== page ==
Elizabeth Ann Skelhorne and Shuswap Theatre’s Hamilton McClymont look through the source material for the theatre’s upcoming production of the Judith Thompson play, Perfect Pie. Directed by Skelhorne, the show, for ages 14 and up, opens Friday, April 27 and runs to May 12. (Lachlan Labere/Salmon Arm Observer)

Childhood trauma and closure baked into Perfect Pie

Shuswap Theatre serves up Judith Thompson play April 27 to May 12

Facing a past trauma and finding closure are key ingredients to Shuswap Theatre’s upcoming production, Perfect Pie.

Elizabeth Ann Skelhorne, who directed last season’s Shuswap Theatre offering, Jewel, by Joan McLeod, is once again in the director’s chair, guiding a cast of four to bring the Judith Thompson play to life on stage.

Skelhorne describes Perfect Pie as a Canadian homecoming, “and by home we’re looking for a piece of ourselves that we’ve lost.”

The play is set in rural Ontario, and traces the connection of two women, Patsy and Marie, close childhood friends whose lives diverged following a traumatic event. Patsy chooses to stay on the farm and have a family of her own, while Marie pursues a life of celebrity. As adults, Marie, now Francesca, returns home and she and Patsy reflect on their past and, inevitably, the series of incidents leading to the event that would set them on separate paths.

Intended for a mature audience (ages 14 and up), Perfect Pie will push viewers out of their comfort zones, carry them through a difficult, sometimes distressing process of healing and, in the end, provide release.

“I think there’s a lot of different things people can take home from this play,” said Skelhorne. “I think the central theme of this play is yearning for wholeness, being complete. The women spend a lot of time yearning for a sense of ecstasy they haven’t found since they lived in a joint fantasy world together as children. You know, when you’re off playing in imagination and you’re totally free and open and living your life, and they never recreate it again.”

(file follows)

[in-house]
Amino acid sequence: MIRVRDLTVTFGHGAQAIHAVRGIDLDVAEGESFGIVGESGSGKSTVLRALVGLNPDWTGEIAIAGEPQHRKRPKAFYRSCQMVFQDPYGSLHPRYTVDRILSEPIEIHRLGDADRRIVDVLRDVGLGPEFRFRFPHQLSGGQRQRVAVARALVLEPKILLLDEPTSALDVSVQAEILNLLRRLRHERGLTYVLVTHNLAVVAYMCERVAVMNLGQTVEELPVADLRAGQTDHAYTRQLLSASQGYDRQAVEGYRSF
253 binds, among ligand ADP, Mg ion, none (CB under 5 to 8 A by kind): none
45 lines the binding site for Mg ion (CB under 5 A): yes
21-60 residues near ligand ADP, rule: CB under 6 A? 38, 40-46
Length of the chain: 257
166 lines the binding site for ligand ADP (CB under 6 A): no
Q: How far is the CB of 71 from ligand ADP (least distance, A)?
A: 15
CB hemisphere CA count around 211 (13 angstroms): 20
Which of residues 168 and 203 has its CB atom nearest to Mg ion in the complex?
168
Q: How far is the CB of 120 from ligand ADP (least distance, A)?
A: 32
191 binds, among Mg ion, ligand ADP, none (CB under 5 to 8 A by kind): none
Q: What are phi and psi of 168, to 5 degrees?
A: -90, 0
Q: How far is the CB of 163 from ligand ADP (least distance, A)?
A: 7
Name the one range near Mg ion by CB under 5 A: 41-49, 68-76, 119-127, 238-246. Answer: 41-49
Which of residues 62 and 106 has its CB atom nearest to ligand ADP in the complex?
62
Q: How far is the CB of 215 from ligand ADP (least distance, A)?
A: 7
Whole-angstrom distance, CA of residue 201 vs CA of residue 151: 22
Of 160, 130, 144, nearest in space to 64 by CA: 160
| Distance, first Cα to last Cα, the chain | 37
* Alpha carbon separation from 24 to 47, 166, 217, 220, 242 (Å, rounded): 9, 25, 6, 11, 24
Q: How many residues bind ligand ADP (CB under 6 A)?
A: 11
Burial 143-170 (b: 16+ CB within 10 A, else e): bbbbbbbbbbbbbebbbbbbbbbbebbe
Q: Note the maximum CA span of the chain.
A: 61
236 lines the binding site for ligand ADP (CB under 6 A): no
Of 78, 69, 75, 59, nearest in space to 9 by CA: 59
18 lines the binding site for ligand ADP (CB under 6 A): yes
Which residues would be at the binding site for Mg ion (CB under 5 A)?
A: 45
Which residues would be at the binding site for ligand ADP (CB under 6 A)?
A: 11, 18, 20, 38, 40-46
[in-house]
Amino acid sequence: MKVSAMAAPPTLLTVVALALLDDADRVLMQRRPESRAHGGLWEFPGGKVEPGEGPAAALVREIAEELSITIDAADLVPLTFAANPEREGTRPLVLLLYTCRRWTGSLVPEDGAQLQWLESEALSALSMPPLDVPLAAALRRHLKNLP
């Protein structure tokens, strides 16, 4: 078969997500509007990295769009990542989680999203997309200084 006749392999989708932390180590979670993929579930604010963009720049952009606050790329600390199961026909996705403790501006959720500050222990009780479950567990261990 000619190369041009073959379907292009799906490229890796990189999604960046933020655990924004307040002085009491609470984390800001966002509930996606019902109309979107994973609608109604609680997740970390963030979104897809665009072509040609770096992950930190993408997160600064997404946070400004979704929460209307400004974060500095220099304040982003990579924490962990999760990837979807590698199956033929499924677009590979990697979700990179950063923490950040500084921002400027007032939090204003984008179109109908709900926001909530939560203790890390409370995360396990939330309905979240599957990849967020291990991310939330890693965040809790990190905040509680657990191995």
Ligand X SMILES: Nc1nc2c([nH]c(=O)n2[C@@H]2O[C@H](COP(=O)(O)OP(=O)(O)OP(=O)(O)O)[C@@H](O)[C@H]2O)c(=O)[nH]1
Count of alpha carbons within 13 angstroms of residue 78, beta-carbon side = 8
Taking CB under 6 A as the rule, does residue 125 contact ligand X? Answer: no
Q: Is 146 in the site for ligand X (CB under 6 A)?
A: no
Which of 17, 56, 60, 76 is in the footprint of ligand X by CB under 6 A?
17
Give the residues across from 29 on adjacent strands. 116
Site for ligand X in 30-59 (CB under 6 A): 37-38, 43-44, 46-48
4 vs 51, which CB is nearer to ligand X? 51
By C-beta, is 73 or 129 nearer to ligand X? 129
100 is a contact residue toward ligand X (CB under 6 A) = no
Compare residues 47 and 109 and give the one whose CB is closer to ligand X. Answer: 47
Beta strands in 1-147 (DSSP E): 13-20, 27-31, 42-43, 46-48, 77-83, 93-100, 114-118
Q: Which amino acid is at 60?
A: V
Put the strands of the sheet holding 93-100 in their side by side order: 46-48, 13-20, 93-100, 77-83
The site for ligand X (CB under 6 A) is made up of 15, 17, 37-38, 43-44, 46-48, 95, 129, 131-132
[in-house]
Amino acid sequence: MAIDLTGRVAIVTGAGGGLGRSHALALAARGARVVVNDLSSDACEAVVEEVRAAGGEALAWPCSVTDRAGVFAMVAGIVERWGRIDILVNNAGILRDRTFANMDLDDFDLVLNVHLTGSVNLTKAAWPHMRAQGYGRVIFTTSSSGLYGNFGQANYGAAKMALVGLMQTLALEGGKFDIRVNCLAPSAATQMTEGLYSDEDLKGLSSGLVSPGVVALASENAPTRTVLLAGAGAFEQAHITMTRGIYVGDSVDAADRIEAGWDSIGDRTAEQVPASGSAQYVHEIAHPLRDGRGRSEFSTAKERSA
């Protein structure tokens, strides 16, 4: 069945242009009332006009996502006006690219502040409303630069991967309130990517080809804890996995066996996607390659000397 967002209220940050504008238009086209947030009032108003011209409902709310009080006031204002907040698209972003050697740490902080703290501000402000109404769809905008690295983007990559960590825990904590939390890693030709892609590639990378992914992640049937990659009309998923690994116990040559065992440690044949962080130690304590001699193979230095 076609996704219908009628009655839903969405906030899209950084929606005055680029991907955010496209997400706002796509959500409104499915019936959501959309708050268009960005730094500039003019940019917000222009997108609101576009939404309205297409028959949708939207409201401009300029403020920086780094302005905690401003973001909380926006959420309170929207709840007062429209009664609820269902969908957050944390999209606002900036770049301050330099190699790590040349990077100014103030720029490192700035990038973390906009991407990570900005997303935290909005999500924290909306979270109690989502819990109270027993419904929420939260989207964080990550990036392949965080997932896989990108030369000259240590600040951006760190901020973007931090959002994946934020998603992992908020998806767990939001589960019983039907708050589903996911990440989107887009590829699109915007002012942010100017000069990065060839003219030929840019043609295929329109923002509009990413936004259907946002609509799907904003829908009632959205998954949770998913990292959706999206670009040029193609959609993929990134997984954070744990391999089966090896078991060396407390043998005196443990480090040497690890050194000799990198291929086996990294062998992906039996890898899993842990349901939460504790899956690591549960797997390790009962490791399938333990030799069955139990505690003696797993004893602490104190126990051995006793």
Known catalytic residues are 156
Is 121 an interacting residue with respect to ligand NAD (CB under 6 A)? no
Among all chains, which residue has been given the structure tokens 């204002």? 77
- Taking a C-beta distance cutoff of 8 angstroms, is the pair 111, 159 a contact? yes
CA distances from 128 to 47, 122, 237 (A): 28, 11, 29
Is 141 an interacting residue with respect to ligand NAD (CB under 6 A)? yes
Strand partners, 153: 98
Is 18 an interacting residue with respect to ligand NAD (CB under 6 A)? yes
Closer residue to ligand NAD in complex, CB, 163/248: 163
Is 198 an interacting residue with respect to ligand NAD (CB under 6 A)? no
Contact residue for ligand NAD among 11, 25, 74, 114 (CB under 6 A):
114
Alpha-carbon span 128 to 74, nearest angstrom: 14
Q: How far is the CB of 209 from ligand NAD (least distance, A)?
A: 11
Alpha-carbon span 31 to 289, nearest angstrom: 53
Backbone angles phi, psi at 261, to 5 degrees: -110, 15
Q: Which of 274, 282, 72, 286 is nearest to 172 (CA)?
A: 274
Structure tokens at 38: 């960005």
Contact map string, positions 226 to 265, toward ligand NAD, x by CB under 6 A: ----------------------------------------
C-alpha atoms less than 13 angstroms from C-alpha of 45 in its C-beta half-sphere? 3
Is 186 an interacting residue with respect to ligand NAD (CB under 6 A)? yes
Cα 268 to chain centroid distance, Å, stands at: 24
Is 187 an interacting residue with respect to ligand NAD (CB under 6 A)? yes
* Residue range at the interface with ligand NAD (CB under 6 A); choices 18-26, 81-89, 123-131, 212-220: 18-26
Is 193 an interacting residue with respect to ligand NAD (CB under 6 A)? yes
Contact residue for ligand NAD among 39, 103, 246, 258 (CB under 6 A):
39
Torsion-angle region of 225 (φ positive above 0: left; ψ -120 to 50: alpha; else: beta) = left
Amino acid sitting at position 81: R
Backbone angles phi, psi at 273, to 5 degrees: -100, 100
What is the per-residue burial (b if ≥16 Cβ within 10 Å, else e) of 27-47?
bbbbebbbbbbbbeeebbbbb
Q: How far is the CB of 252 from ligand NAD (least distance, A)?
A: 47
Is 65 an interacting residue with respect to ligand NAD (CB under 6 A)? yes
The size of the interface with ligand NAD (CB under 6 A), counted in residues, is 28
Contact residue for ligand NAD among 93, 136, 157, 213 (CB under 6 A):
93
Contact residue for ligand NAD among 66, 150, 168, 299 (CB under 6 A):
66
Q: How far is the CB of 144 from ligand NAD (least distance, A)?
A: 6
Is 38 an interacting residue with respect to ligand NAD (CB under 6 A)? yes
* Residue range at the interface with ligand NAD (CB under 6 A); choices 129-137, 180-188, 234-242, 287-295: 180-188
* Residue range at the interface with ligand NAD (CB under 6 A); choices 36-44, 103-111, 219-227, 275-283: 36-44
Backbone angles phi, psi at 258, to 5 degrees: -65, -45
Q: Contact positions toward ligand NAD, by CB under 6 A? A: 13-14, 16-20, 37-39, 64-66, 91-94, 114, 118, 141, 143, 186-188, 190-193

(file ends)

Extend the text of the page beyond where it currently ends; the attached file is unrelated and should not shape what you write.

Skelhorne acknowledges there is a timeliness to the play and how it speaks to the abuses against women expressed through the MeToo movement.

“For men especially, to be able to see how events like that do affect women, that will bring them onboard more as protectors of women in our society…,” said Skelhorne. “The MeToo movement is wonderful, it’s people starting to speak up, the Hollywood grossness is starting to be addressed and spoken about, but the fact is for women that this is a reality that we live with every single day all our lives… It’s a reality that effects every women whether they’ve been assaulted or not because all of our sisters.”

However, both Skelhorne and Shuswap Theatre director Hamilton McClymont assure the play will captivate male and female viewers alike.

“I would add… this play can be just as powerful for a man in the audience,” said McClymont. “It’s not so much empathizing with the women as being captured in the moments. Because the play is so powerful theatrically… for a guy sitting in the audience watching what’s going on here, he’s going to be amused, he’s going to be shocked, he’s going to be confused and, at the end of the day, he’s going to feel that thing that the Greek’s call catharsis, there’s kind of like a purging of all the evil stuff.”

Stepping up to the challenge of portraying the play’s protagonists are Mary Masson as Patsy and Tammi Pretty as Francesca. Mason has been involved with Shuswap Theatre for two years and this will be her first appearance on the stage. Pretty was last on stage as Desdemona in In Juliet’s Garden, and this is her first production with Shuswap Theatre. Portraying young Patsy is Ali Foster-Balloun, who played Juliet in November’s Shuswap Theatre production of Romeo and Juliet, as well as played the title role in Annie and Aunt Charity in Big Rock at Candy’s Mountain. Young Marie will be played by Meaghan Delaney, who has worked on several productions including The Drowsey Chaperone, The Starlight Radio Theatre Christmas, HMS Pinafore and Fiddler on the Roof.

Perfect Pie, Shuswap Theatre’s entry in the 2018 Okanagan Zone Drama Festival, opens Friday, April 27, and plays through May 12. Performances are Fridays and Saturdays at 7:30 p.m., Sundays at 1:30 and “pay what you can” Thursdays at 7:30. Tickets are available online at shuswaptheatre.com or at Intwined Fibre Arts at 81 Hudson Ave. NE.

For more, contact Hamilton McClymont at 604-741-5305, or by email at hammcc3@gmail.com, or visit shuswaptheatre.com.


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lachlan@saobserver.net

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